May 2016 was a good month for me photography-wise. When it comes to taking photos of Warblers, luck largely rules- you can have a bunch of terrible or missed pictures, or you can have a handful of decent shots. I got a higher-than-normal amount of decent shots this year.
Wood Warblers are neotropical migrants, birds that breed in the US or Canada and winter in Central or South America. They tend to be colorful, which makes them quite popular with birders and photographers- especially in the spring, when the males are in their brightest breeding plumage. But as any birder can tell you, Warblers can be difficult to see or photograph. They move frequently and spend much of their time in the leafed-out canopies of trees, searching for insects. I’ve gone whole migration seasons without getting a good shot of them before.
Not last month though- I was out every decent-weather morning in various parks, and got some decent shots. Here they are, I hope you enjoy them.
These hardy birds will eat poison ivy berries- most Warblers are insect-eaters exclusively. They occasionally winter over in Ohio, surviving on such berries.
One of the most common breeding Warblers in Ohio- they love scrubby fields and shrubs near water. Their song is the classic ‘sweet, sweet, sweeter than sweet’
Perhaps the most common breeding Warbler in Ohio, they love scrubby fields and shrubs. They scold me all the time when I walk through their territory (like this little guy did) during nesting time.
Northern Parula Warbler
Beautiful small Warblers with a distinctive whooshing-type song.
American Redstart (first year male)
A common warbler. Mature adult males are black and orange, the females are olive green and yellow- almost looking like different species.
Black-Throated Green Warbler
These birds don’t seem to hide as much as other Warbler species. Their ‘zu zee zu zu zee’ song is easy to identify.
Black-Throated Blue Warbler
I often have trouble getting a good look at this species, but this individual cooperated nicely by singing mere feet away from me.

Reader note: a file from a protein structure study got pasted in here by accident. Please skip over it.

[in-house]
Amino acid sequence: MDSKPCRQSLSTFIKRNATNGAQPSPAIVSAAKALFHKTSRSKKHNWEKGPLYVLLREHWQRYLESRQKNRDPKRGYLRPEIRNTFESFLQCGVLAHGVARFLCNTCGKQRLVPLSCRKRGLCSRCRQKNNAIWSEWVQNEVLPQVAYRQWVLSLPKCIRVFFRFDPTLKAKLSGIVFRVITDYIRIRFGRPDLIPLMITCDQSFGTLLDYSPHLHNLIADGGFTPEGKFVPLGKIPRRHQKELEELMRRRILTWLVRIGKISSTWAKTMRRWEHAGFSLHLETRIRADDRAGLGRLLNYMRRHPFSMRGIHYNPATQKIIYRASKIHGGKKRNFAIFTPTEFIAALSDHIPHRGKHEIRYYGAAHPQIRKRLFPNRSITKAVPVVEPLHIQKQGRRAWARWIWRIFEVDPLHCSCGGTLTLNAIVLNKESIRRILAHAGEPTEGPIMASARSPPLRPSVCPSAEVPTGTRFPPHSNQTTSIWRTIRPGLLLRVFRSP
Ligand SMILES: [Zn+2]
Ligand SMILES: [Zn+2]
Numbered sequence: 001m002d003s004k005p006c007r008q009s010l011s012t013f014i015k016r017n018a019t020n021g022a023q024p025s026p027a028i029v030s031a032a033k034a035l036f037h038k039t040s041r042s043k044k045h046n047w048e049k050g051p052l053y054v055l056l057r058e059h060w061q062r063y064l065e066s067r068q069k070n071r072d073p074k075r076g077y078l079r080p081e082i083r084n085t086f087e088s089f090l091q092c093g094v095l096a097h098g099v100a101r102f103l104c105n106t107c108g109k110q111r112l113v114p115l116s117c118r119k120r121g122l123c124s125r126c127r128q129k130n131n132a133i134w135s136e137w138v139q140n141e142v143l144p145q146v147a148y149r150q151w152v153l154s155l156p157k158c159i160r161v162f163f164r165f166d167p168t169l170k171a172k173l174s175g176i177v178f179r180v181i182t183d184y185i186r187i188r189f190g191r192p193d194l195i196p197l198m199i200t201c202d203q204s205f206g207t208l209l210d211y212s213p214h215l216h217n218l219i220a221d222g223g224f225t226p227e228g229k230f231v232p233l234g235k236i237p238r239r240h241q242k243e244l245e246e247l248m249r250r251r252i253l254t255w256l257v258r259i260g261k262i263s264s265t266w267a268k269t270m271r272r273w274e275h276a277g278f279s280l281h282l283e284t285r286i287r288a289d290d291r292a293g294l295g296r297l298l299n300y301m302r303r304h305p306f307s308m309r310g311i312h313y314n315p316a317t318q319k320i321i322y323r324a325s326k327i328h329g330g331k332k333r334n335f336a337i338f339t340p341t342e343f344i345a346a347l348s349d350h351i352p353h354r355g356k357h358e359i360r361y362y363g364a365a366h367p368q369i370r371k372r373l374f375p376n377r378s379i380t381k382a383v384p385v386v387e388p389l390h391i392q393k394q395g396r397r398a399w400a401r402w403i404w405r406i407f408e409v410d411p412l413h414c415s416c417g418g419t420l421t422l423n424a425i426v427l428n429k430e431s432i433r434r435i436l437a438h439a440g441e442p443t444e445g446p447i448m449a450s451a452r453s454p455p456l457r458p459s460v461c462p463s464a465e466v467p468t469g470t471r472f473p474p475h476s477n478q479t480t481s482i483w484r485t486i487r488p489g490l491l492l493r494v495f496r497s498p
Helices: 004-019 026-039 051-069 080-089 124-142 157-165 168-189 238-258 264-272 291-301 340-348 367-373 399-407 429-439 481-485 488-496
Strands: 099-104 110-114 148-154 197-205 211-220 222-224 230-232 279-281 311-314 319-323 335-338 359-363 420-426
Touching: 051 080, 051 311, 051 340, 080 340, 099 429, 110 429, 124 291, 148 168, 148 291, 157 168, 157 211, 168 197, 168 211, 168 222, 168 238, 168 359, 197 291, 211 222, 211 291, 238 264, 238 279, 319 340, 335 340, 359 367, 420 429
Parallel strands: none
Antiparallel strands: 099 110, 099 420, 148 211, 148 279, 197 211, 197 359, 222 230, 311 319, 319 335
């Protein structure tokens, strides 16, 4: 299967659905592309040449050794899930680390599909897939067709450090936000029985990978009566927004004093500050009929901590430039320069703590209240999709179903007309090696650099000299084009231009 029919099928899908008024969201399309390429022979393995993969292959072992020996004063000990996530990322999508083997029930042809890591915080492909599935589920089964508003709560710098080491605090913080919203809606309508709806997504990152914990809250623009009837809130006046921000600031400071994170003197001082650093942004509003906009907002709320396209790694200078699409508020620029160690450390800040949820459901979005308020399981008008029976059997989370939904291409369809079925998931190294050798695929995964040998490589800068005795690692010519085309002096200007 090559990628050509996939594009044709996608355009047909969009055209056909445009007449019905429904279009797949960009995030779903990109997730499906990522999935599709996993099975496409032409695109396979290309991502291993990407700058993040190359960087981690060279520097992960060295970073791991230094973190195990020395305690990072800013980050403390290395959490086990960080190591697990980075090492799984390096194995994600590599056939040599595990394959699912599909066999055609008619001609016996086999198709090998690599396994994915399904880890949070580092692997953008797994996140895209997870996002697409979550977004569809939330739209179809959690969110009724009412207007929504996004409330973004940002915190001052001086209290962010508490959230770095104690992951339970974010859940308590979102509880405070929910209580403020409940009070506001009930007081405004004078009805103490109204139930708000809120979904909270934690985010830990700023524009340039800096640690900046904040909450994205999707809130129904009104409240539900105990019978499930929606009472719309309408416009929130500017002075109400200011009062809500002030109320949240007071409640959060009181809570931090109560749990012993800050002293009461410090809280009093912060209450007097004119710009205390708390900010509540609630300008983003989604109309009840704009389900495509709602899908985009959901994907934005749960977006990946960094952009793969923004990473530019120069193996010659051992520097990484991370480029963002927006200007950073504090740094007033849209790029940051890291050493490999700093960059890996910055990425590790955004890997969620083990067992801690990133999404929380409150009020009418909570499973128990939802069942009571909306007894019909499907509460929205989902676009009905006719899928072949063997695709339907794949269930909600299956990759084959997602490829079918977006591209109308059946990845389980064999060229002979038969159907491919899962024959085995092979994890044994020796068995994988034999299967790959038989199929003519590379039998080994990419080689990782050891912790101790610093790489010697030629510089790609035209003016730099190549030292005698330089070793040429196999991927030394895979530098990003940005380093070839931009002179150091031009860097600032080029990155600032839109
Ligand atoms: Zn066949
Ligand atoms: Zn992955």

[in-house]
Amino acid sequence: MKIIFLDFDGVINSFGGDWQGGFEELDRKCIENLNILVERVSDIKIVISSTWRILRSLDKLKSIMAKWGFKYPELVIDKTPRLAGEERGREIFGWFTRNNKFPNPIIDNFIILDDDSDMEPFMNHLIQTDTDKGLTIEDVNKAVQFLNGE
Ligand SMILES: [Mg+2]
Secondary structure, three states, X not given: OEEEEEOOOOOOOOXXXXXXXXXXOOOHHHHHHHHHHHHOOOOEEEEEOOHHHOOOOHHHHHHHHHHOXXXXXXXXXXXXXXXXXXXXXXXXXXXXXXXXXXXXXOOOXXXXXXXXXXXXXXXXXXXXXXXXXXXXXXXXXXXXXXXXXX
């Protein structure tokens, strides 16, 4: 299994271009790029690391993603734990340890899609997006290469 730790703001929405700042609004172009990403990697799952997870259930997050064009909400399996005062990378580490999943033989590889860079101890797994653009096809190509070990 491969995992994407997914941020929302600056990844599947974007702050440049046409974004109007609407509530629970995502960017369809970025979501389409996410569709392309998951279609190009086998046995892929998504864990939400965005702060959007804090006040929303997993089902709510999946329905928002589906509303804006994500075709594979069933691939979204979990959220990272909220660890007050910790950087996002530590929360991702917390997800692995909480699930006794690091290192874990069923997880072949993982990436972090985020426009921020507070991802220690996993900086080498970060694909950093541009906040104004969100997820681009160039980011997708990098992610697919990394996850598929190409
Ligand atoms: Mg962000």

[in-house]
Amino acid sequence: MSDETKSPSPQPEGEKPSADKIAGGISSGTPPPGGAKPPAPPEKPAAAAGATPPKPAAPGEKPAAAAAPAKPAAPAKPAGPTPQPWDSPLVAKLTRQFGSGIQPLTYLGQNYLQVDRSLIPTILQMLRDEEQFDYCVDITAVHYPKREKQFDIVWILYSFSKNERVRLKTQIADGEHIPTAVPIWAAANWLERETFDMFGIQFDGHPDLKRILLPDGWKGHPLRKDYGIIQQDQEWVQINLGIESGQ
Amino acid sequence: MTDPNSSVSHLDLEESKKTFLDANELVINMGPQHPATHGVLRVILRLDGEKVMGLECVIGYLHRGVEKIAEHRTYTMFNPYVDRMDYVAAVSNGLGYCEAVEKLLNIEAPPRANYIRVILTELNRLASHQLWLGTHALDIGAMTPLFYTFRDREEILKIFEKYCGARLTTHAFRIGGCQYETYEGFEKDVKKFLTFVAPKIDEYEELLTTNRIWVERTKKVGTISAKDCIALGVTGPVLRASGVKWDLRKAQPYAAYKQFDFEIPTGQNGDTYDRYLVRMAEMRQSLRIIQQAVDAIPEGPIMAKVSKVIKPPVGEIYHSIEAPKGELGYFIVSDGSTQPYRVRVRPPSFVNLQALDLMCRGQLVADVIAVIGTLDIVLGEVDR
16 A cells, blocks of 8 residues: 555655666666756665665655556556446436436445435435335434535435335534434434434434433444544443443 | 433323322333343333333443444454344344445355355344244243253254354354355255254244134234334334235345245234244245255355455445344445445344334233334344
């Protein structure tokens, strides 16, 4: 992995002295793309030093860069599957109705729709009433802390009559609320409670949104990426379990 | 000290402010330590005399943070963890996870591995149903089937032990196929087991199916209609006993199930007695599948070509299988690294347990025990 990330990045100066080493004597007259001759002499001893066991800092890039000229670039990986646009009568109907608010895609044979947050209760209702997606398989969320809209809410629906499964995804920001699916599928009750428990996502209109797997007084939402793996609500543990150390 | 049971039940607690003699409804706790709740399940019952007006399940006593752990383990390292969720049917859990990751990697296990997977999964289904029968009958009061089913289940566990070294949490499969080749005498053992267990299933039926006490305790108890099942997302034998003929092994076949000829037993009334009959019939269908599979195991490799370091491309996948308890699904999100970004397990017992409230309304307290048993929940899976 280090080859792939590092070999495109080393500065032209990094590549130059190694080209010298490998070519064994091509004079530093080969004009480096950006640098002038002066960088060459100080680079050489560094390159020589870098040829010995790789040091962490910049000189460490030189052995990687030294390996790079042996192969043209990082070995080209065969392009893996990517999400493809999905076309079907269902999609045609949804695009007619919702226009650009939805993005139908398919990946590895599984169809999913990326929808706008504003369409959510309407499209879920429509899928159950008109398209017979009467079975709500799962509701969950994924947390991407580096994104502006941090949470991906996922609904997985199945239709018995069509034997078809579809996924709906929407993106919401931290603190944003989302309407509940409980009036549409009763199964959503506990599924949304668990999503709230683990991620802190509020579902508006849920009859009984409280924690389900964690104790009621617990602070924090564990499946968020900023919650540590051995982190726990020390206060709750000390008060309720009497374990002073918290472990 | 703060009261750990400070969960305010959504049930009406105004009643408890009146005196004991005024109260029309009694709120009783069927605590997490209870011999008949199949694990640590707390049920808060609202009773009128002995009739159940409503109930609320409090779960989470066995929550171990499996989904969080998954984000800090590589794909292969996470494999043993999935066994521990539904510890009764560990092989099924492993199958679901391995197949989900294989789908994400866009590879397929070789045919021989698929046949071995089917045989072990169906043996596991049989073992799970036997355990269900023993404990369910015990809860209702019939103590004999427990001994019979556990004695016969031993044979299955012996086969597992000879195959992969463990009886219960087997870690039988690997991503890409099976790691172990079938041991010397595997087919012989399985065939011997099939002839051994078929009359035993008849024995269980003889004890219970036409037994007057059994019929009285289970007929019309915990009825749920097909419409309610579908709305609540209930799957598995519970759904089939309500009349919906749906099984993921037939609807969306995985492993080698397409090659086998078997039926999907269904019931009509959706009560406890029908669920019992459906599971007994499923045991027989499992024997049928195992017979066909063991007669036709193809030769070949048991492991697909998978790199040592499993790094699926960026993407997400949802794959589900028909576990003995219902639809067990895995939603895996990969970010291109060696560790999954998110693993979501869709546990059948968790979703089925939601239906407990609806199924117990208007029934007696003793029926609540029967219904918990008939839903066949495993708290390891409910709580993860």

Black And White Warbler
This species is very distinctive, moving around on tree limbs and trunks as if it were a Nuthatch.
I usually get better looks at Nashvilles but for some reason this year they didn’t show themselves to me!
Palms sometimes forage for food on the ground and in tall grass. They often are the last Warblers seen late in autumn migration.
For some reason I’ve always had a hard time getting a decent shot of this species, but this one posed nicely for me for a few seconds- forever in Warbler time.
Magnolias- strikingly beautiful birds- are middle to late season migrants. They often stay hidden in bushes.
Blackpolls aren’t the showiest Warblers, but they often elude my camera. Not this year! Notice how this bird is searching for insects, turning its head to look everywhere. A typical no-nonsense Warbler foraging behavior.
This gorgeous bird peeked out of a shrub and looked directly at me. I saw him by sheer luck.
Bay-Breasteds are another Warbler species that typically avoids me. I was happy to get these shots.
Blackburnians have that brilliant orange-red head and throat. You can glimpse them through the leaves quite easily with that glowing color.
I just realized I didn’t get a decent shot of a Yellow-Throated Warbler this spring. That’s a shame, they often can be seen in tall Sycamore Trees along rivers. I also missed any decent shots of Tennessee Warblers.
I hope next May is as good to me as this one was! I’ll try to get plenty of shots of Wood Warblers as they come back through Ohio heading south for the winter in September during autumn migration. They aren’t as brightly-colored then because mating and nesting season will be over. They are often harder to identify due to this, and because immature younger Warblers tend to look different than adults.